Wandering Star

Reading time
2 min read
Active Neural Mapping working

Robots rely on GPS and prior knowledge of the world to move around without bumping into things. Humans don’t communicate with positioning satellites, yet they’ve wandered confidently, if obliviously, for millennia. A new navigation technology mimics that ability to set a course with only visual input.

What’s new: Carnegie Mellon and Facebook AI teams joined to create Active Neural Mapping, a hybrid of classical search methods, which find an intended destination from a starting location, and neural networks. ANM predicts actions for navigating indoor spaces. And it makes cool videos!

Key insight: The classical search algorithm A* theoretically solved the path-finding problem, but it doesn’t generalize efficiently and requires highly structured data. Learning-based methods have proven useful as approximate planners when navigation requires completing subtasks like image recognition, but end-to-end learning has failed at long-term motion planning. These two approaches complement one another, though, and together they can achieve greater success than either one alone.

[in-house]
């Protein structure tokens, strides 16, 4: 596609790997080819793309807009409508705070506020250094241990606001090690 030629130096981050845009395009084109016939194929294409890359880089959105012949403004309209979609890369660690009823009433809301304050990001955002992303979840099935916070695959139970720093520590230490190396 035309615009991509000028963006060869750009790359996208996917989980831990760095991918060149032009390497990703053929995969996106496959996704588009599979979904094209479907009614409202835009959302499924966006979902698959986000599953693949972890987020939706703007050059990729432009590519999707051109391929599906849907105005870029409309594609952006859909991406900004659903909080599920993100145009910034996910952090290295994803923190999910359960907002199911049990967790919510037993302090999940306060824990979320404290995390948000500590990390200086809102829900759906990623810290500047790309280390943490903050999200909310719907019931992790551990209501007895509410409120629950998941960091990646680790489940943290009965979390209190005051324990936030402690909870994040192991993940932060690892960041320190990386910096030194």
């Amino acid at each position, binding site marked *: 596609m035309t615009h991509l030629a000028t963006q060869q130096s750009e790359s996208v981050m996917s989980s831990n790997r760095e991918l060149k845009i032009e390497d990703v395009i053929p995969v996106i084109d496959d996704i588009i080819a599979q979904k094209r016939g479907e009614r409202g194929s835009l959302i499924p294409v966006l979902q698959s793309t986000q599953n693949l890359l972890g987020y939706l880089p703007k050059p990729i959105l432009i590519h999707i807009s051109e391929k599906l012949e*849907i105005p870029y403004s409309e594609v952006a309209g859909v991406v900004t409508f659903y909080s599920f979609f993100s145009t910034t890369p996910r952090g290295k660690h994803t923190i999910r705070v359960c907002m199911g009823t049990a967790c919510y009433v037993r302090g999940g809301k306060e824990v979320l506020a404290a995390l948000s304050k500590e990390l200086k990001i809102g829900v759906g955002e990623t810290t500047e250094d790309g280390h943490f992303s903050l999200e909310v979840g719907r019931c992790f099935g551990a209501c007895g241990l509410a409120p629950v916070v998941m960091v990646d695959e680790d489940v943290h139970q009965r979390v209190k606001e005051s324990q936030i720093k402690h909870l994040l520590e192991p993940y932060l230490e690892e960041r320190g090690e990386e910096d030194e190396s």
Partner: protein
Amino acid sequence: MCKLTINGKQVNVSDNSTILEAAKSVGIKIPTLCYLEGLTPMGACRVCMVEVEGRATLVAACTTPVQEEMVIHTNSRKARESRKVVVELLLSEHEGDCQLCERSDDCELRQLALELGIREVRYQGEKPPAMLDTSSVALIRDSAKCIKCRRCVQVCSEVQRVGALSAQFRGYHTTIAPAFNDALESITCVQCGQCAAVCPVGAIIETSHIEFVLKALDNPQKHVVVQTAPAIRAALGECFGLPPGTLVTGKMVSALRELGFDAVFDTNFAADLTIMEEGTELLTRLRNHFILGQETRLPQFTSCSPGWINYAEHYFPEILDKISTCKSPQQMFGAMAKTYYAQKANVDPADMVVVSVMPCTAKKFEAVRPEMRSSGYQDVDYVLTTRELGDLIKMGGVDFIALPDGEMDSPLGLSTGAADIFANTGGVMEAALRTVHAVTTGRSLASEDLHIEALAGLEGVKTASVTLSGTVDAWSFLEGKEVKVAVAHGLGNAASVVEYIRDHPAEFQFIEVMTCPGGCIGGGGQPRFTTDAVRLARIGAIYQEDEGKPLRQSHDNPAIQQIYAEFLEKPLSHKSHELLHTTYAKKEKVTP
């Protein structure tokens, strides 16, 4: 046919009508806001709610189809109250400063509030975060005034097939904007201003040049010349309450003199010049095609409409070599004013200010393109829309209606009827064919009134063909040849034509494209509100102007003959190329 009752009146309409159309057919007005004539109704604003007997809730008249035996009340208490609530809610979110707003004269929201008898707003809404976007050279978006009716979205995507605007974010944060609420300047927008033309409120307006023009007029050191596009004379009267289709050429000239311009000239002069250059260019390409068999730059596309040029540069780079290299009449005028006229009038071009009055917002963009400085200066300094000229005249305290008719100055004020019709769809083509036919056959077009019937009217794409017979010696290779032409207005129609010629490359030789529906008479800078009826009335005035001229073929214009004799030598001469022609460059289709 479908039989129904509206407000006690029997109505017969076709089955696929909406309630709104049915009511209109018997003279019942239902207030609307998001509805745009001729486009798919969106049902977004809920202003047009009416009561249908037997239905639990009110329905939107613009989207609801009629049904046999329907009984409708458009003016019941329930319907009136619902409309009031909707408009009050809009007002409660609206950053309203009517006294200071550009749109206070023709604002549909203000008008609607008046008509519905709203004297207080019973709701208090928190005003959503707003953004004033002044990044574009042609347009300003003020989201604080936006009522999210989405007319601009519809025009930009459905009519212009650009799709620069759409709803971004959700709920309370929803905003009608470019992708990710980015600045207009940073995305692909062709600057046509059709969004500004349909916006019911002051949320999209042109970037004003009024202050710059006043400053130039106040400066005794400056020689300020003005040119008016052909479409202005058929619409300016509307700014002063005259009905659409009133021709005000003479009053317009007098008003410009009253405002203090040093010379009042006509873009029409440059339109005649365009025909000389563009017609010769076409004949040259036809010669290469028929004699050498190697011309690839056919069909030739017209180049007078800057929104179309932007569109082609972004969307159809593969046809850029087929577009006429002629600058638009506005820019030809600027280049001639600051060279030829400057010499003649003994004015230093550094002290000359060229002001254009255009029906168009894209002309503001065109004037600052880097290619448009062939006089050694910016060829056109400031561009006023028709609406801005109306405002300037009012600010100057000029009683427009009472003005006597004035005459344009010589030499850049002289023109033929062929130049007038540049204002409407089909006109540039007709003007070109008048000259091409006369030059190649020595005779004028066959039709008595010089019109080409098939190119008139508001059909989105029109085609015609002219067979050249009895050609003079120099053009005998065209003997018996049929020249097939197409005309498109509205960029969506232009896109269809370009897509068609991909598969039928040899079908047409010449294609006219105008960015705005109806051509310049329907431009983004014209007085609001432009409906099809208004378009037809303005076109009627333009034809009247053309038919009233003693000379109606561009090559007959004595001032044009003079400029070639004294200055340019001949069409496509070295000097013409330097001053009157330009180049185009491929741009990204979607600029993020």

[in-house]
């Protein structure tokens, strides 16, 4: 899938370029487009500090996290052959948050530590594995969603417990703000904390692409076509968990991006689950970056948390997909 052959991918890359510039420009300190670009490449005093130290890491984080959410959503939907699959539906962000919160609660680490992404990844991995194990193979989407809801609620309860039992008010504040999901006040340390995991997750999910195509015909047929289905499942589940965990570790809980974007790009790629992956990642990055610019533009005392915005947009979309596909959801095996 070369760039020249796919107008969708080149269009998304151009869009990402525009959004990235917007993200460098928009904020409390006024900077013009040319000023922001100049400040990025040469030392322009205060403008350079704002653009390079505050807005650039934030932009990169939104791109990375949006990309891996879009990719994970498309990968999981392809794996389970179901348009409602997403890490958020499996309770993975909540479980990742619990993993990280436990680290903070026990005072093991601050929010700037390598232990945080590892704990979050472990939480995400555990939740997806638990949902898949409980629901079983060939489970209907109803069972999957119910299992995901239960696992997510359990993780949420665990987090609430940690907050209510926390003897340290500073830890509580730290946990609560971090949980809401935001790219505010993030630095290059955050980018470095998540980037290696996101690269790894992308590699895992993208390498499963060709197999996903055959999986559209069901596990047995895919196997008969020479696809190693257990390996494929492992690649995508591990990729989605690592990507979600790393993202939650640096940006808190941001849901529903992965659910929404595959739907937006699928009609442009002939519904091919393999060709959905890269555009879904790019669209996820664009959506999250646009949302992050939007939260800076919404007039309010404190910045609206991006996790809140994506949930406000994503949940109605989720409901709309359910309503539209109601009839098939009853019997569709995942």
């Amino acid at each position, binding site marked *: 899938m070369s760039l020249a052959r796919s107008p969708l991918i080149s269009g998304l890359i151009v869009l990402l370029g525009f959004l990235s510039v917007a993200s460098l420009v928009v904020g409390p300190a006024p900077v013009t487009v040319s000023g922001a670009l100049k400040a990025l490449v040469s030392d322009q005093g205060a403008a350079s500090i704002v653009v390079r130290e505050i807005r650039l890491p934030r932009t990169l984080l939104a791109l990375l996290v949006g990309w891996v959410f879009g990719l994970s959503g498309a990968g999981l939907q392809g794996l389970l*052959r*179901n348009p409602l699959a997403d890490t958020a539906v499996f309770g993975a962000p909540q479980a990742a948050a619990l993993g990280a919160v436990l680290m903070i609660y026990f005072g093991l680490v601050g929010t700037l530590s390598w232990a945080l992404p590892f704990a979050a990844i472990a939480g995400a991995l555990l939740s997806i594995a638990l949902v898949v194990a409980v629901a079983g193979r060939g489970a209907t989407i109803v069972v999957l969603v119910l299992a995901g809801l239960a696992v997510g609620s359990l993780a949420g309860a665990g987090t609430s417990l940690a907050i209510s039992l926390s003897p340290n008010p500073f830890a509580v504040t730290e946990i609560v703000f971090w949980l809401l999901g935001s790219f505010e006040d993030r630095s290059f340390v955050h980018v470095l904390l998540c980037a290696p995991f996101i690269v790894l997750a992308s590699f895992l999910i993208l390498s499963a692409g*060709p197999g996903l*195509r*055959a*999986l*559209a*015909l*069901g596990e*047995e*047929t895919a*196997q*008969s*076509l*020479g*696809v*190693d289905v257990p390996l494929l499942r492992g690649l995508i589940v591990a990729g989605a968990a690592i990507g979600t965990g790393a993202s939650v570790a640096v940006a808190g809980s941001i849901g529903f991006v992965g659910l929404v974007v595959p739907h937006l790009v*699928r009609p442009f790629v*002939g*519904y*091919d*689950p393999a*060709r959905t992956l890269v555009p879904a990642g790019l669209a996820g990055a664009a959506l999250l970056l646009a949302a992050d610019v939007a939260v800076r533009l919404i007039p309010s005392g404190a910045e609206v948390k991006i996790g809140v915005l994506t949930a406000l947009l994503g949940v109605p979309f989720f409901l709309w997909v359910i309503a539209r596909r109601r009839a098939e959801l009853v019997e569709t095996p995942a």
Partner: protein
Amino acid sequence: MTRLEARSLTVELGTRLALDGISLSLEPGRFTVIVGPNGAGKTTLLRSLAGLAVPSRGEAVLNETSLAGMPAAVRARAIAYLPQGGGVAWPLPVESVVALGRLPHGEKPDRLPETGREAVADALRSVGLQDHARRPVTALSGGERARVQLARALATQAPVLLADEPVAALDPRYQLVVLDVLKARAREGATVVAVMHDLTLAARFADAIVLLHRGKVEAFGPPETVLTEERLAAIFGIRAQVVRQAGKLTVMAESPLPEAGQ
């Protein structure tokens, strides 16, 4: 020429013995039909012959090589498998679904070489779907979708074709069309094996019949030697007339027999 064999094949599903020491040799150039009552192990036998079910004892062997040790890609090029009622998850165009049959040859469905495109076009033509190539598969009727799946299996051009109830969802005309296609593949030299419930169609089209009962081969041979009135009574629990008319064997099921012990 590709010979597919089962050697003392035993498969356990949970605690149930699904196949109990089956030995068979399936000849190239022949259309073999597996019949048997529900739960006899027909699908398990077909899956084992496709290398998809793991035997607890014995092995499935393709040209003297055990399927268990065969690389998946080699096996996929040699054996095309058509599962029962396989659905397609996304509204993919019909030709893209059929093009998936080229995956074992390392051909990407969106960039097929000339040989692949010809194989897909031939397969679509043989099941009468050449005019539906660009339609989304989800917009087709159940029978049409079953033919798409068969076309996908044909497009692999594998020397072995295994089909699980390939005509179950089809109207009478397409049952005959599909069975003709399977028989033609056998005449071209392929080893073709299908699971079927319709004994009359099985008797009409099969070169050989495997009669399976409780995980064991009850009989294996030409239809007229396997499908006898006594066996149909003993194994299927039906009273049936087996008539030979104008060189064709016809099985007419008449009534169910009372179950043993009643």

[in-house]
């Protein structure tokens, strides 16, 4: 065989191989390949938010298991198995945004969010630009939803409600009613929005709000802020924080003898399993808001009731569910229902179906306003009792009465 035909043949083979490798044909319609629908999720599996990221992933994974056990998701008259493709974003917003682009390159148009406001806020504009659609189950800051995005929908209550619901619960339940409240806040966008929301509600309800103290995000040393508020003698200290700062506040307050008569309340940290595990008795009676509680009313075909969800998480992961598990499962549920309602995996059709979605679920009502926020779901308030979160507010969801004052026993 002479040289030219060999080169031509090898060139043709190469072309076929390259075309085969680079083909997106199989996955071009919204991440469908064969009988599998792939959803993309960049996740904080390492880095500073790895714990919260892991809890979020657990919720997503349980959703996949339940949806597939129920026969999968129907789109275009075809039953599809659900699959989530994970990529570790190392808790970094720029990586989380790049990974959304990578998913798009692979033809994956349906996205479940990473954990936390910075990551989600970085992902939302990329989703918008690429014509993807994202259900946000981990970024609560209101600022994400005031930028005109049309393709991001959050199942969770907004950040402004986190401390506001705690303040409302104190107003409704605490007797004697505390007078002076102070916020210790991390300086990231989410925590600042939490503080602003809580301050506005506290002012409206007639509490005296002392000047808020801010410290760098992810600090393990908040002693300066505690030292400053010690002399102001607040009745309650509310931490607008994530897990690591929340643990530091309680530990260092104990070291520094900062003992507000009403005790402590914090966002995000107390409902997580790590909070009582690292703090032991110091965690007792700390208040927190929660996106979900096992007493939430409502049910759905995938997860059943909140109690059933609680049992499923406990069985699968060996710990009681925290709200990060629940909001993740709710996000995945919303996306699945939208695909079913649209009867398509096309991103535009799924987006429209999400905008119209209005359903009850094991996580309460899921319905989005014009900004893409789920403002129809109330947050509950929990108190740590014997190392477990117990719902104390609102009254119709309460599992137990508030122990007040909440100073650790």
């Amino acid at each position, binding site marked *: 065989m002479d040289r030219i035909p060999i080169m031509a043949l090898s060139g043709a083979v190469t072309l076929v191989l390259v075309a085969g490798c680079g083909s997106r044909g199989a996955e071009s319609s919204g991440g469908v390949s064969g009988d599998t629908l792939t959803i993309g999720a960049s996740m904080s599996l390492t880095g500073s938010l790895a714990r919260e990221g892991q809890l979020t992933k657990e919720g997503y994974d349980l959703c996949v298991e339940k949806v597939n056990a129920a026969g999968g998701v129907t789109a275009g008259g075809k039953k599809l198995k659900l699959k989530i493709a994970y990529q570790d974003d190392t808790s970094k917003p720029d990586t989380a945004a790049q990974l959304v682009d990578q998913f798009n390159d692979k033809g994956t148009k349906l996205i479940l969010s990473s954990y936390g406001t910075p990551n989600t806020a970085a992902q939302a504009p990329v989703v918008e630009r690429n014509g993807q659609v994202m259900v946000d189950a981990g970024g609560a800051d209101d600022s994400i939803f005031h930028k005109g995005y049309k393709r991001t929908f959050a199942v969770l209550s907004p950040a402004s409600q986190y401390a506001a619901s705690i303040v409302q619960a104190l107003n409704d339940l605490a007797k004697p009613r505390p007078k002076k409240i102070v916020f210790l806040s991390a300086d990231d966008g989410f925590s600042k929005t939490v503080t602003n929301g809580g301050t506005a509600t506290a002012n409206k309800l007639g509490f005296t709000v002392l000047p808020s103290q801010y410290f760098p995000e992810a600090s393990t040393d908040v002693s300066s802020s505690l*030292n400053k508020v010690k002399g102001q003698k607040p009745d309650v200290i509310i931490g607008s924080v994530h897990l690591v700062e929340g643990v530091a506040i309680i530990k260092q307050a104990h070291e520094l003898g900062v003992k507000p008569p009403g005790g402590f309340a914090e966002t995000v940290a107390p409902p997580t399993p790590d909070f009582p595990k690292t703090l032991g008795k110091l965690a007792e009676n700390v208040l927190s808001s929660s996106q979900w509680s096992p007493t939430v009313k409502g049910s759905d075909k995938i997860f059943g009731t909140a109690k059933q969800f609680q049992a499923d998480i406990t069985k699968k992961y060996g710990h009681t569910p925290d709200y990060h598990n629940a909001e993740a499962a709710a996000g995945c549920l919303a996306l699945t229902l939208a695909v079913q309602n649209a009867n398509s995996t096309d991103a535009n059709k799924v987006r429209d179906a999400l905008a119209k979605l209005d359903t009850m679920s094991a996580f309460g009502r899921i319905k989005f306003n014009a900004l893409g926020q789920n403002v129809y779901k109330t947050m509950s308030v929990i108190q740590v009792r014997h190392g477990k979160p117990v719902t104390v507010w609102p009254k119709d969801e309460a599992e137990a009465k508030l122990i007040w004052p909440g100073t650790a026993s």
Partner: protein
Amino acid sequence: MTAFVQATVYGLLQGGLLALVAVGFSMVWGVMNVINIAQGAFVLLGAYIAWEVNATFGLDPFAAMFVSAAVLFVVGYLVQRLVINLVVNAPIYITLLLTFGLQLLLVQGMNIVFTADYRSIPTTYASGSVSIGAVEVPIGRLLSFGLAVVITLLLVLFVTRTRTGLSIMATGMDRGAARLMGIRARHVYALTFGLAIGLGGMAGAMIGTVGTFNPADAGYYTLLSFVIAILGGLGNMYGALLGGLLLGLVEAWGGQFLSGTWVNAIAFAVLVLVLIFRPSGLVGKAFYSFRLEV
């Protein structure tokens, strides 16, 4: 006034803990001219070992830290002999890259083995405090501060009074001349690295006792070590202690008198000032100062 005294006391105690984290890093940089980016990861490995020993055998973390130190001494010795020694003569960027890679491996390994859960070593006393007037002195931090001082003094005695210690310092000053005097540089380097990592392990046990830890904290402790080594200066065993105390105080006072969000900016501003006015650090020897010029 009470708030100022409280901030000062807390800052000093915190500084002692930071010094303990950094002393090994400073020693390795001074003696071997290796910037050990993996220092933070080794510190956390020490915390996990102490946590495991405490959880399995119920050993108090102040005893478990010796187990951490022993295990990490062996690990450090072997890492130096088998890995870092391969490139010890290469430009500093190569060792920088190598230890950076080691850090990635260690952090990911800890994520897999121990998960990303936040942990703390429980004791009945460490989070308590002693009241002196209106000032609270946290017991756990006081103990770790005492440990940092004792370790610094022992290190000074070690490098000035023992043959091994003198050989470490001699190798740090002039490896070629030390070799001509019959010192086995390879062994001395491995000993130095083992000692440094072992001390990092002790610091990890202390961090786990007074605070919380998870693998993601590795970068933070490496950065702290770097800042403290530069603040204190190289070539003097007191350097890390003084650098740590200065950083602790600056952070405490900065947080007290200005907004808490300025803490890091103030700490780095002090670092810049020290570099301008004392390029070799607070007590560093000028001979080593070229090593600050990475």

How it works: ANM has four essential modules. The mapper generates the environment map. The global policy predicts the final position desired. The planner finds a route. And the local policy describes how to act to obey the planner.

  • The mapper is a CNN. Given an RGB image of the current view and the viewing direction and angle, it learns a 2D bird’s eye view of the world, showing obstacles and viewable areas. It also estimates its own position on the map.
  • The global policy, also a CNN, predicts the final destination on the map based on the mapper’s world view, estimated current position, previously explored areas, and a task. The task isn't a specific destination. It may be something like, Move x meters forward and y meters to the right, or Explore the maximum area in a fixed amount of time.
  • The planner uses classical search to find successive locations within 0.25 meters of each other on the way to the global policy’s predicted goal. The researchers use Fast Marching Method, but any classical search algorithm would do.
  • The local policy, another CNN, predicts the next action given the current RGB view, the estimated map, and the immediate subgoal.

Why it matters: ANM achieves unprecedented, near-optimal start-to-destination navigation. Navigation through purely visual input can be helpful where GPS is inaccurate or inaccessible, such as indoors. It could also help sightless people steer through unfamiliar buildings with relative ease.

We’re thinking: Neuroscience shows that rats, and presumably humans, hold grid-like visualizations of their environment as they move through it, as brain activity signals expectation of the next location: a subgoal. ANM mirrors that biological path-planning process, though it wasn’t the researchers’ agenda.


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